Re: Questions about list-creation

i should also mention that

a=[i for i in xrange(10)]


b=list(j for j in xrange(10))

isn't really just a difference of using [] vs. list()
the first case is a list comprehension, the second case is a generator
comprehension which is then converted to a list
(the bug only applies to list comprehensions, not generator comprehensions)

i.e. notice that you can do this
''.join(x for x in ['a','b','c'])
no list or [] involved - it's just a generator comprehension being
passed to a function.

On Mon, Nov 30, 2009 at 1:12 PM, inhahe <inhahe@xxxxxxxxx> wrote:
On Mon, Nov 30, 2009 at 12:22 PM, Manuel Graune <manuel.graune@xxxxxxxx> wrote:


in (most) python documentation the syntax "list()"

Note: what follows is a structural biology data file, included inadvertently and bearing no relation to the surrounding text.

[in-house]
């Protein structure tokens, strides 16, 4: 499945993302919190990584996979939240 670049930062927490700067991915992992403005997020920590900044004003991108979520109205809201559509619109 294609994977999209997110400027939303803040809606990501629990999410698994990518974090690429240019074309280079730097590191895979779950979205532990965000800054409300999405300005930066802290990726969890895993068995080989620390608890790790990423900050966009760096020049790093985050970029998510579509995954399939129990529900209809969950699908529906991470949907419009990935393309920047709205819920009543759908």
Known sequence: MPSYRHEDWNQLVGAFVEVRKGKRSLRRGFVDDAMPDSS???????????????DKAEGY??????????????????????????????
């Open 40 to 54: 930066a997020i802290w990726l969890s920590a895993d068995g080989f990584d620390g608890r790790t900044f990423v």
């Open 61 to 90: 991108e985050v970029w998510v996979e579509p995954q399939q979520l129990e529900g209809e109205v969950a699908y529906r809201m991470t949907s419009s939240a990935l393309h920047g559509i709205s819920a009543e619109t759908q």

and "[]" is treated as being more or less the same
thing. For example "help([])" and "help(list())" point
to the same documentation. Since there are at least
two cases where this similarity is not the case, (see below)
can someone explain the reasoning behind this and point to
further / relevant documentation?
(To clarify: I am not complaining about this, just asking.)


when using local variables in list comprehensions, say

a=[i for i in xrange(10)]

the local variable is not destroyed afterwards:

print "a",a
print "i",i

using the similar code

b=list(j for j in xrange(10))

the local variable is destroyed after use:

print "b",b
print "j",j

I could be wrong, but I think this was actually a bug that was fixed later.

and 2)




those don't return the same thing
list([]) will create a shallow copy of [], which will of course be []

i can't think of a place where you'd want to use list() instead of [],
but sometimes you might want to use 'list', such as in a defaultdict,
in which case it's being used as a factory


Manuel Graune

A hundred men did the rational thing. The sum of those rational choices was
called panic. Neal Stephenson -- System of the world
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